(341c) Development of a Novel Process and Physico-Chemical Data for the Production of Crotonaldehyde From Aqueous Acetaldehyde Solutions

Authors: 
Scheithauer, A., University of Kaiserslautern
Grützner, T., Lonza AG
Rijksen, C., Lonza AG
Hasse, H., University of Kaiserslautern



Crotonaldehyde is an important intermediate in several value added chains in the chemical industry, e.g. in the production of sorbic acid. The state-of-the-art process for the production of Crotonaldehyde is described in [1]. The starting material is Acetaldehyde in aqueous solution. It is converted in a two-step process, first under basic and then under acidic conditions, to Crotonaldehyde following an Aldol addition-condensation mechanism. Several intermediates occur, with Acetaldol being described as the most important. There are also side reactions. The information which is available in the literature is not sufficient to set up a reliable model of the process or to study alternatives.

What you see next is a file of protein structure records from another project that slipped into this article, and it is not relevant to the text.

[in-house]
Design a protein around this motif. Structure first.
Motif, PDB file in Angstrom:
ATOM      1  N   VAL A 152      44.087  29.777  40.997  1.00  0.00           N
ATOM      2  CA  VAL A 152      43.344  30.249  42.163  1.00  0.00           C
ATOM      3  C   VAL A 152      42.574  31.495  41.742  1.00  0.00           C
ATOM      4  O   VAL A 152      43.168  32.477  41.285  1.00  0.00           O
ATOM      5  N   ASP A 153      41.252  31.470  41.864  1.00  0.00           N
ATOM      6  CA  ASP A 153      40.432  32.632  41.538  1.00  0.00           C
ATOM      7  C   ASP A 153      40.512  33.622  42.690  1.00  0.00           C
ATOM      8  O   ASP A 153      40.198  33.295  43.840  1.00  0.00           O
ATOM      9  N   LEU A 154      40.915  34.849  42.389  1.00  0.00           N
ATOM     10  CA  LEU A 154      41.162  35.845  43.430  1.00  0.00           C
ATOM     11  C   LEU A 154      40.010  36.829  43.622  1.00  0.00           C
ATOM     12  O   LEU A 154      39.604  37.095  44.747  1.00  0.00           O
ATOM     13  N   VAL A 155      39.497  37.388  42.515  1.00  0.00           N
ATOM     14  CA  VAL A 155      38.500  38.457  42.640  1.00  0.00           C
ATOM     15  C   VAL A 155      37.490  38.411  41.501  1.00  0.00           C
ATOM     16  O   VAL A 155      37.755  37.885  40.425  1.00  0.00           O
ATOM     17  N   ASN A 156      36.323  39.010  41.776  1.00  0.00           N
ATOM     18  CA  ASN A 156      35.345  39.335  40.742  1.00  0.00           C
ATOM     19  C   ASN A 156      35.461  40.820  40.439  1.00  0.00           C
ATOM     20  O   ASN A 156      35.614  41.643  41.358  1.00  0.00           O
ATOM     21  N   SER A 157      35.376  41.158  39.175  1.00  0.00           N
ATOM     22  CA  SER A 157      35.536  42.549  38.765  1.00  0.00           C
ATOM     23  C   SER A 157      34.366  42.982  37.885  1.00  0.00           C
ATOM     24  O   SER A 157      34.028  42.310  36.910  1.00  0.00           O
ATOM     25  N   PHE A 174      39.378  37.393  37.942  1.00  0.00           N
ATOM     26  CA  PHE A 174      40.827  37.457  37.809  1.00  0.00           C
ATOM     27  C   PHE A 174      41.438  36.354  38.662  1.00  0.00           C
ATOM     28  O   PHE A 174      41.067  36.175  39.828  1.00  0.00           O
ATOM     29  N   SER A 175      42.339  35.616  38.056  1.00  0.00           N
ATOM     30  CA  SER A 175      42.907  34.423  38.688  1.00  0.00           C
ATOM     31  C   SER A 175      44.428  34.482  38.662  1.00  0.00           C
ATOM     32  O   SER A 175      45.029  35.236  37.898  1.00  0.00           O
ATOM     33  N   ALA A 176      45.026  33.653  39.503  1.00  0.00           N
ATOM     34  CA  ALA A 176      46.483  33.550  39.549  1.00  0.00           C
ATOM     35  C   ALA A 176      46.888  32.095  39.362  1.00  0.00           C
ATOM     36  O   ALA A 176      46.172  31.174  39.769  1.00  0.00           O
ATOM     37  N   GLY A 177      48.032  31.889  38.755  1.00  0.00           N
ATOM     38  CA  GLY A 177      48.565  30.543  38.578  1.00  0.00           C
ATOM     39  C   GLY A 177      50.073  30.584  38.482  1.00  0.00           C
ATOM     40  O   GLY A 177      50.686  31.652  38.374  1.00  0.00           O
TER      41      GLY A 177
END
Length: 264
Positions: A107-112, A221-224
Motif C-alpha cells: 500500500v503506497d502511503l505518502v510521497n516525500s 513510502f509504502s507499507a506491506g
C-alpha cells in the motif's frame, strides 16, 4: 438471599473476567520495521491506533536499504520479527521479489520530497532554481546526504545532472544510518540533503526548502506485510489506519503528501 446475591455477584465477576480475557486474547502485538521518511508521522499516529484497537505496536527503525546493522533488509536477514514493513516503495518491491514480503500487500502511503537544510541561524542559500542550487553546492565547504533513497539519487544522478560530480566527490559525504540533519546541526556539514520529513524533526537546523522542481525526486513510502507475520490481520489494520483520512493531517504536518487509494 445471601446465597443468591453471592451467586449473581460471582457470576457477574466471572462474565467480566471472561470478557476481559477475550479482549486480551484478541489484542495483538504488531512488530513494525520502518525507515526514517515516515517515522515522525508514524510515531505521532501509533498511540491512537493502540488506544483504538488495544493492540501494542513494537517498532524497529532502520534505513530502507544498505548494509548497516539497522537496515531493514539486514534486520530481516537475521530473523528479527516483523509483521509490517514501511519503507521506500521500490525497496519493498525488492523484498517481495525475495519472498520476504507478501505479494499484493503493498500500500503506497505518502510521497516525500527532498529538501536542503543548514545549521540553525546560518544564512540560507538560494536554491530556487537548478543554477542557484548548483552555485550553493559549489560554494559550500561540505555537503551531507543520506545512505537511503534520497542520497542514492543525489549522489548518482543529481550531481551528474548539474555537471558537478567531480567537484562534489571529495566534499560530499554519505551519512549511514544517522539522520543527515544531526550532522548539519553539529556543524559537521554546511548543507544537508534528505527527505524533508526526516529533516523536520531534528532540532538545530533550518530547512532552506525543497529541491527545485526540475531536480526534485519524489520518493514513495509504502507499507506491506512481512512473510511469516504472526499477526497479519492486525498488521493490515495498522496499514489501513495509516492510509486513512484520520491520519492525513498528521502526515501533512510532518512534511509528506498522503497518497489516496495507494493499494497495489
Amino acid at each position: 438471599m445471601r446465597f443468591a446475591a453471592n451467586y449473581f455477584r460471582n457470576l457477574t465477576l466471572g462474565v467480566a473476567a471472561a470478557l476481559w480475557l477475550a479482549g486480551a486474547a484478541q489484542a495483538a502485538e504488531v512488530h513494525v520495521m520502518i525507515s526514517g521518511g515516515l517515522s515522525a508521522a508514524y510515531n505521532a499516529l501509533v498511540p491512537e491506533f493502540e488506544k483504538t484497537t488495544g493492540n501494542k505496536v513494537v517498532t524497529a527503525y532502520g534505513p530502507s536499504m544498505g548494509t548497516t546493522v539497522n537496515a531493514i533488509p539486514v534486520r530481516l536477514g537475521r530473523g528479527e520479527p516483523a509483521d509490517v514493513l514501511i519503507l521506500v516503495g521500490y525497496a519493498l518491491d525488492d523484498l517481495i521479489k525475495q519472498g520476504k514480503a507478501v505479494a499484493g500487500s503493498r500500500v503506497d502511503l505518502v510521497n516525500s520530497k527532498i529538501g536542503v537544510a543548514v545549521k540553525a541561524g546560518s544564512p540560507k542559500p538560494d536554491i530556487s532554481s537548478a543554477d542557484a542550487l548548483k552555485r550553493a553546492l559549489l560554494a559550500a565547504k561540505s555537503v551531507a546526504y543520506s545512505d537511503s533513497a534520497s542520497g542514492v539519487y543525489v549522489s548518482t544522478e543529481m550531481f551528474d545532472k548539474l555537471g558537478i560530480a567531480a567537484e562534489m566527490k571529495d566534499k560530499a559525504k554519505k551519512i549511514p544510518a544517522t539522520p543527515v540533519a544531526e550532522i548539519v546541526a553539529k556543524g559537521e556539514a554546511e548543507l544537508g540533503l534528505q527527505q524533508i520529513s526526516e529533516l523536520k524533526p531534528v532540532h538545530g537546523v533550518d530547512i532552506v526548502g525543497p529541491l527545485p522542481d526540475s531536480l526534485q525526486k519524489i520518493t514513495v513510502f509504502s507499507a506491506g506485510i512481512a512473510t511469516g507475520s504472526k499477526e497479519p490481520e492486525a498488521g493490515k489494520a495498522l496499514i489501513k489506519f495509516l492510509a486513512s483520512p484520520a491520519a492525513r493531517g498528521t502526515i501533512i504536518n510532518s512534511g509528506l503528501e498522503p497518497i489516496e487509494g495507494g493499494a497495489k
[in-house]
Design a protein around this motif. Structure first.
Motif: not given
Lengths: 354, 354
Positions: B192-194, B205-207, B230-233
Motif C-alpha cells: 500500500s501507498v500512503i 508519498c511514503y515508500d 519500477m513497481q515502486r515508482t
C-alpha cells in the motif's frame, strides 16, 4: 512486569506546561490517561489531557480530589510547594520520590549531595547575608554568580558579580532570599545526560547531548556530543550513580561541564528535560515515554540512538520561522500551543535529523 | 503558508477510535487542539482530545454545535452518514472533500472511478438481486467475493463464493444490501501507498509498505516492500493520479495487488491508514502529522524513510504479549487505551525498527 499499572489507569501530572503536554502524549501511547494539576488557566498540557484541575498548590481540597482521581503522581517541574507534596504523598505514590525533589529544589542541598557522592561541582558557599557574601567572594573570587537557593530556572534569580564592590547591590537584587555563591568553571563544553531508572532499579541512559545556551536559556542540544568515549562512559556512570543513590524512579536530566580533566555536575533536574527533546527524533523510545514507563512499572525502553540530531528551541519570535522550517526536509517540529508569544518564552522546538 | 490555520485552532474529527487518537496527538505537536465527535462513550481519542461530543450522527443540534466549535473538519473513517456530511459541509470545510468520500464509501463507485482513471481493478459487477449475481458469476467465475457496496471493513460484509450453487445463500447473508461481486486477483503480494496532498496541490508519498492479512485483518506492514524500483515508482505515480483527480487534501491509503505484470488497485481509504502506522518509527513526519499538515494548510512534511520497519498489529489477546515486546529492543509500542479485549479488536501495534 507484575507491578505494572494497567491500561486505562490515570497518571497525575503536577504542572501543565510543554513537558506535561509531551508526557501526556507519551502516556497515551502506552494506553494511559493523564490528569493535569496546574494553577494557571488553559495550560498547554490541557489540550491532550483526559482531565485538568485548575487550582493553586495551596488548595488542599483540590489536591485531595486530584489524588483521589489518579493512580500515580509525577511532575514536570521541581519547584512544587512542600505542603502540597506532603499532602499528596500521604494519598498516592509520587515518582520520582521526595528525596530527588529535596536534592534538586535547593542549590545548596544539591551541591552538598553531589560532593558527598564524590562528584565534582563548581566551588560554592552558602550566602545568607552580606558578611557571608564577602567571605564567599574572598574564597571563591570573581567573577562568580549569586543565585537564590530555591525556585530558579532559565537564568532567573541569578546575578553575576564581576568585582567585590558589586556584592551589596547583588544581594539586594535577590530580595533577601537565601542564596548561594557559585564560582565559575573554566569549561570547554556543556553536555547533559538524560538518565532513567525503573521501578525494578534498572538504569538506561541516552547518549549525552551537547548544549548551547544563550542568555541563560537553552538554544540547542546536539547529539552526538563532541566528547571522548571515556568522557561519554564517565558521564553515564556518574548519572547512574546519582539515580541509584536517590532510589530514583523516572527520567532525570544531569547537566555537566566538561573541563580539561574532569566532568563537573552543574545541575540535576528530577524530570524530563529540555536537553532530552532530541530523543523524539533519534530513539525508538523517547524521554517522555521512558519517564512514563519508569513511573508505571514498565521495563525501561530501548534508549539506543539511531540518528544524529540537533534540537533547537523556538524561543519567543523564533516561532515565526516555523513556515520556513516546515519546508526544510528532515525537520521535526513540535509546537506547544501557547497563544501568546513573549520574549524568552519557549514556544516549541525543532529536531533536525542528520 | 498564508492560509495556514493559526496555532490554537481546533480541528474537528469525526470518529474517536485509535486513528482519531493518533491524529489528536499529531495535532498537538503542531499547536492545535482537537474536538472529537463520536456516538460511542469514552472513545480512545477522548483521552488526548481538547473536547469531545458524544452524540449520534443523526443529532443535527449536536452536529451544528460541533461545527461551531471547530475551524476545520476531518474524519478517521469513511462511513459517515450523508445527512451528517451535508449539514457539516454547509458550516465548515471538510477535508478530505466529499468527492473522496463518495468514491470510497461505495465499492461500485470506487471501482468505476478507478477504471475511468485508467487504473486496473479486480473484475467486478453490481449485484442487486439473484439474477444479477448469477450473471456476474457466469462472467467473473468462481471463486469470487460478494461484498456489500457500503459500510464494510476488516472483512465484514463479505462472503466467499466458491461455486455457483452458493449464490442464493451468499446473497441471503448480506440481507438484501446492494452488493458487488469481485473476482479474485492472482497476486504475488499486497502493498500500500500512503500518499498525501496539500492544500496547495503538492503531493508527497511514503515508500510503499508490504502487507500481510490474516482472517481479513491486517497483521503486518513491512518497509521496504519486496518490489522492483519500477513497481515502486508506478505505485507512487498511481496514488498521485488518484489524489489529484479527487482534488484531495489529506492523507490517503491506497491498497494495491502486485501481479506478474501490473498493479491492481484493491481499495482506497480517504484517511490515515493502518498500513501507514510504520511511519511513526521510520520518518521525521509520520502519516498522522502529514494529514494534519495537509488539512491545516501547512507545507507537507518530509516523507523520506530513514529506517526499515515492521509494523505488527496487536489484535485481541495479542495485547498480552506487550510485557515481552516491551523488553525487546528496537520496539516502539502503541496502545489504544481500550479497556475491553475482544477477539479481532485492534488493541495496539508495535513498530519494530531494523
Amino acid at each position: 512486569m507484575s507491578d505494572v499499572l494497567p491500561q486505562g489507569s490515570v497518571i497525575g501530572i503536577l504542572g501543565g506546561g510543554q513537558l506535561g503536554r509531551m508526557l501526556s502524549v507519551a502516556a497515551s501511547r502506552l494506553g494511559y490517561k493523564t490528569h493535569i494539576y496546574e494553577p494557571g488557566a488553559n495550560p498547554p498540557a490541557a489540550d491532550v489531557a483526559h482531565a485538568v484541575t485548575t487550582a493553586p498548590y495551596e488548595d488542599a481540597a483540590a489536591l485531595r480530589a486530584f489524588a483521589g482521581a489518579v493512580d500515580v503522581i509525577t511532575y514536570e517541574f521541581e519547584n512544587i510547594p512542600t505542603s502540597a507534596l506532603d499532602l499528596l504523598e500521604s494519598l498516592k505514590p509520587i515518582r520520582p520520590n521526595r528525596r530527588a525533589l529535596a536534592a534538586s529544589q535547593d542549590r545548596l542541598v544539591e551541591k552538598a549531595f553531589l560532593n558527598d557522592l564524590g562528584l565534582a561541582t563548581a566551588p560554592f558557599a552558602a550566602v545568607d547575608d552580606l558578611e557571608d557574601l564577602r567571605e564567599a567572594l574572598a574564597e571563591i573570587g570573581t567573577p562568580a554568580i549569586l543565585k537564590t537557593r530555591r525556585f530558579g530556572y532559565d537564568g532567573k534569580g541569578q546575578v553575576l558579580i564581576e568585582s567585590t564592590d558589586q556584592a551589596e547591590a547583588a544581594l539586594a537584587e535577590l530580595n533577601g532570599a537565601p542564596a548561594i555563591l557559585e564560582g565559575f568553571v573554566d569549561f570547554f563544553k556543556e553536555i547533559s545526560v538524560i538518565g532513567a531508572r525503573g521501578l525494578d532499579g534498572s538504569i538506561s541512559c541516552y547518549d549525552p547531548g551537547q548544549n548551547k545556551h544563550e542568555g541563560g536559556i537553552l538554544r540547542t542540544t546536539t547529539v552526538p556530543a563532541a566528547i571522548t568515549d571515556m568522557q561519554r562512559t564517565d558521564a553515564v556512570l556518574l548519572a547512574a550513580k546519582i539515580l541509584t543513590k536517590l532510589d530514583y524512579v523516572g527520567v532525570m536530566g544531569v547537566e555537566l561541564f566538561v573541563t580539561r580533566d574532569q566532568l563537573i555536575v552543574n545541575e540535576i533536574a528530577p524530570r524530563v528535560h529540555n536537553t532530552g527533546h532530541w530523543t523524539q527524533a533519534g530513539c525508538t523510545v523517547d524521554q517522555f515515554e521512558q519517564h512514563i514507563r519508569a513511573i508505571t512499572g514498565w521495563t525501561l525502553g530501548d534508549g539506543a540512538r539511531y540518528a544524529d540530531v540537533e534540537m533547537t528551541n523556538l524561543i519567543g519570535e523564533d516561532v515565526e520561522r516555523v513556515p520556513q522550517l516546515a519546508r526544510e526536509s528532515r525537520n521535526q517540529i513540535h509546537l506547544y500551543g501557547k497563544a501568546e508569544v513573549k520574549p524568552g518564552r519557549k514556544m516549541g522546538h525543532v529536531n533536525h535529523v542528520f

Therefore, in the present work, in a first step, fundamental studies on the reaction system involved in the Crotonaldehyde production from Acetaldehyde were carried out using NMR spectroscopy. Surprisingly, it was found that Acetaldol is only present in small quantities. The reaction mechanism was elucidated and a quantitative model of the reaction network was developed. The proposed model also takes into account that Acetaldehyde reacts with water and forms oligomers. Despite the industrial importance of aqueous solutions of Acetaldehyde, the information available in literature on the chemistry in that system is poor. That gap was closed by further systematic NMR spectroscopic studies, and a new physico-chemical model for describing the vapor-liquid equilibrium of aqueous solutions of Acetaldehyde was developed based on the experimental results.

The new models were used for developing a novel highly integrated process for the production of Crotonaldehyde from aqueous solutions of Actetaldehyde which is advantageous in comparison with the established process described in [1].

[1]  R. Schulz et al.: Crotonaldehyde and Crotonic Acid, in: Ullmann's Ency­clo­pedia of Industrial Chemistry, Wiley-VCH, Weinheim, 2005, 1-8

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